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Tree identification activity

Gaines Elementary School

Rebecca Walcott
John Pickering
University of Georgia

1 May, 2007

Gaines Elementary School Students
Photograph by Rebecca Walcott

Gaines Elementary School

Updated: 1 May, 2007

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Students will learn how to identify different species of trees through recognizing basic leaf characteristics.


Each student should have a clipboard, pencil, and sheet of notebook paper. A computer with internet access is required for the identification portion of the activity.


Diversity in nature is a valuable concept to learn in elementary school, and such diversity can be found in one's own schoolyard. In and around the Gaines Elementary nature trail, thirty trees have been tagged with three-digit identification numbers and blue flagging tape [see map]. One tree, tree 937, is covered with poison ivy and labeled with yellow flagging tape. These thirty trees represent thirteen different species that can be easily identified with a simple, user-friendly online guide.


After outfitting each student with a clipboard, pencil, and sheet of notebook paper, the teacher can lead the students to the nature trail. BEFORE beginning the activity, the teacher should point out the yellow flagging tape tied around tree 937 and warn the students to avoid the poison ivy. Students can then safely explore the area and search for a blue-taped tree to identify. Once a student has chosen a tree, the student should copy the three-digit identification number onto his/her paper and obtain a sample of leaves from that specific tree. The leaf sample should include enough leaves for the student to be able to determine whether the leaves have an opposite or alternate arrangement. After every student has obtained a leaf sample and copied down the corresponding identification number, the teacher can lead the students back inside to a computer with internet access.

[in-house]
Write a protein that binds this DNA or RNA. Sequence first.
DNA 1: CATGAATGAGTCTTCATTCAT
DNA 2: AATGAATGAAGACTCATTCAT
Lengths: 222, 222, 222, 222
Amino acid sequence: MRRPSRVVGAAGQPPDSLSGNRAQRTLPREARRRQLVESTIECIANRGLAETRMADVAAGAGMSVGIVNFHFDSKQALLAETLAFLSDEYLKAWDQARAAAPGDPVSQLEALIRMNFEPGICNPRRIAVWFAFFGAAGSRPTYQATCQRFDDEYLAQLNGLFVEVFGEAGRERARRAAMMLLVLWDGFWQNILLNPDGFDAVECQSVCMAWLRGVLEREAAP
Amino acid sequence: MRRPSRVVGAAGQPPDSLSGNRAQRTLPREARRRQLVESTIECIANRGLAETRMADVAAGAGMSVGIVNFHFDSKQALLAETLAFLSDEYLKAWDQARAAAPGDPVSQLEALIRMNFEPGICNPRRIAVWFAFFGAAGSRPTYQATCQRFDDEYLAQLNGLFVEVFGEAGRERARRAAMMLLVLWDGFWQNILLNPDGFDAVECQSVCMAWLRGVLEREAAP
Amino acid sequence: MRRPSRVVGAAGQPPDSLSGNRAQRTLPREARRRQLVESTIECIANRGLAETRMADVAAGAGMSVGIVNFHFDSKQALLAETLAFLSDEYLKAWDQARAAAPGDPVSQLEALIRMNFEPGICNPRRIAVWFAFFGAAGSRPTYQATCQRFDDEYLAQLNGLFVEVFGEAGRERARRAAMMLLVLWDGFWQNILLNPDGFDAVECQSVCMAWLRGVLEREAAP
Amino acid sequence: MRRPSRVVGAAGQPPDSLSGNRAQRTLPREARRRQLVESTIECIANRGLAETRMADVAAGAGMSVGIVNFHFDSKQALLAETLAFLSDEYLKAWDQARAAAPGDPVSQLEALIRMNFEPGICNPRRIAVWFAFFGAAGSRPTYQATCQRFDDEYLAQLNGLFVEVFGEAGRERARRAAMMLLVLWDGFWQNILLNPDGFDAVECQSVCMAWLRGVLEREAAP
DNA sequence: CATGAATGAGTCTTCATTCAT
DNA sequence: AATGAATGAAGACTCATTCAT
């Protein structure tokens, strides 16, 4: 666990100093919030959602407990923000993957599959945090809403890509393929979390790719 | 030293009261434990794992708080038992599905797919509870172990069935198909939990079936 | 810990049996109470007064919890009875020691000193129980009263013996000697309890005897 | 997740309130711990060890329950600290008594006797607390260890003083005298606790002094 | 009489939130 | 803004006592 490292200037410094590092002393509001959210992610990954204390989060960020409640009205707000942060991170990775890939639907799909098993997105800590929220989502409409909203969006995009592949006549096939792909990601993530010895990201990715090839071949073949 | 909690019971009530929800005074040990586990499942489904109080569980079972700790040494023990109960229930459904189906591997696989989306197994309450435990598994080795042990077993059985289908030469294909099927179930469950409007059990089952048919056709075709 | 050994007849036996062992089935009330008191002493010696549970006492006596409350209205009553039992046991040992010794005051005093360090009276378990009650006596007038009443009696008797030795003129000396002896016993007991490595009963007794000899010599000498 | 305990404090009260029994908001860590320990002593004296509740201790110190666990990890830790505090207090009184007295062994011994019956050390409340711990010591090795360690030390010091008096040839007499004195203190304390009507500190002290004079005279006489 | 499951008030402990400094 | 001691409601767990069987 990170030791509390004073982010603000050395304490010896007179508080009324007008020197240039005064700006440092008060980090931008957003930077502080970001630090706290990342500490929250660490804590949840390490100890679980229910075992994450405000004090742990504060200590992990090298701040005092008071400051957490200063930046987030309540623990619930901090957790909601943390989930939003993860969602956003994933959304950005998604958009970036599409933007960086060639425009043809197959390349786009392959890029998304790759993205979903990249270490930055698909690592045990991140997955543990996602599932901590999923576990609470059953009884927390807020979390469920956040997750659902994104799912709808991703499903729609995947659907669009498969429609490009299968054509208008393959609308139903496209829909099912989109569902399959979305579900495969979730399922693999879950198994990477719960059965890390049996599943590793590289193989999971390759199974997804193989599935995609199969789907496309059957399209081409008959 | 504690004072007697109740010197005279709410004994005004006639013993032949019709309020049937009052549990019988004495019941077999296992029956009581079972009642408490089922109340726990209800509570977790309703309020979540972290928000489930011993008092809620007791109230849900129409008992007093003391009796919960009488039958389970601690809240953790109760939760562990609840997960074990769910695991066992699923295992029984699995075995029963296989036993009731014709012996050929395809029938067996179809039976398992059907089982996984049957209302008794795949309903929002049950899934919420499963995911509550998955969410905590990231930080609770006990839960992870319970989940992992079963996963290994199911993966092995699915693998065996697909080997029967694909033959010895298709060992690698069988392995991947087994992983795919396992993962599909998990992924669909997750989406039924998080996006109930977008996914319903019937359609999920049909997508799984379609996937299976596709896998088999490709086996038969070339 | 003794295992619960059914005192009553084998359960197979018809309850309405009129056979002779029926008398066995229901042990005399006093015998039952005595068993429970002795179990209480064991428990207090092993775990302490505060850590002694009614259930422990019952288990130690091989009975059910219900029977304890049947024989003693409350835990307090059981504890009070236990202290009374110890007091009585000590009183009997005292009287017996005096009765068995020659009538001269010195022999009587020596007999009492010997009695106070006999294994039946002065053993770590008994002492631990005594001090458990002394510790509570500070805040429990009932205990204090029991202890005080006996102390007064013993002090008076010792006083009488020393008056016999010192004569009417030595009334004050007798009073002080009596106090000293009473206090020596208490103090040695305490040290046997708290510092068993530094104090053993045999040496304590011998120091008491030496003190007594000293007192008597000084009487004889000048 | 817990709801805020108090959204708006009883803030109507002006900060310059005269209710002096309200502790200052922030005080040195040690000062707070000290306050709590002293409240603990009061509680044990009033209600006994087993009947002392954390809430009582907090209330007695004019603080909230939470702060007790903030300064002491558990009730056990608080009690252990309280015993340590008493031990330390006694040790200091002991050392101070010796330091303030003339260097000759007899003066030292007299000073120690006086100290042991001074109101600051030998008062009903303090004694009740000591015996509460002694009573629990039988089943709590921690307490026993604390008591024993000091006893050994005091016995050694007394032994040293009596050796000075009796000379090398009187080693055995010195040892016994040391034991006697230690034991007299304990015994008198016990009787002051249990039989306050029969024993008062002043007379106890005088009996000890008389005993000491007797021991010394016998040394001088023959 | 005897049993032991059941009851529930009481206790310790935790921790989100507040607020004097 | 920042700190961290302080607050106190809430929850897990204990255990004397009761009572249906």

The students should log onto the Gaines Elementary School page from and open the tree identification guide. Three questions will appear on the first page, and after answering the questions the student should click "search" at the right-hand side of the screen. This will narrow the number of possible results on the left side of the screen. Above the list of possible results is a button labeled "simplify". The student should click the word "simplify". and answer the questions that follow. After the questions are answered, the "search" button should be clicked again. Each time a question is answered and the "search" button is clicked, the number of possible results should diminish. When only one result remains on the left side of the screen, the guide has identified the tree. The student can then copy down the name of the tree onto his/her paper. By clicking on the scientific name of the tree, a page of information pertaining to that tree appears. To verify the students' accuracy with identification, a key containing tree names and their corresponding numbers is available here.

Activity extensions

After identifying the tree, the student can draw, trace, or make an etching of his/her leaf. The students can also use the information pages to research and write facts or short reports about their trees.

Image links to slide show of
elementary school students' drawings

Illustrations by 2nd grade student participants


Poison ivy should be avoided while on the nature trail. If it contacts skin, immediate washing with soap and water is recommended. The trail also contains many thorny plants, and caution should be observed while walking to avoid scratching skin or ripping clothing.



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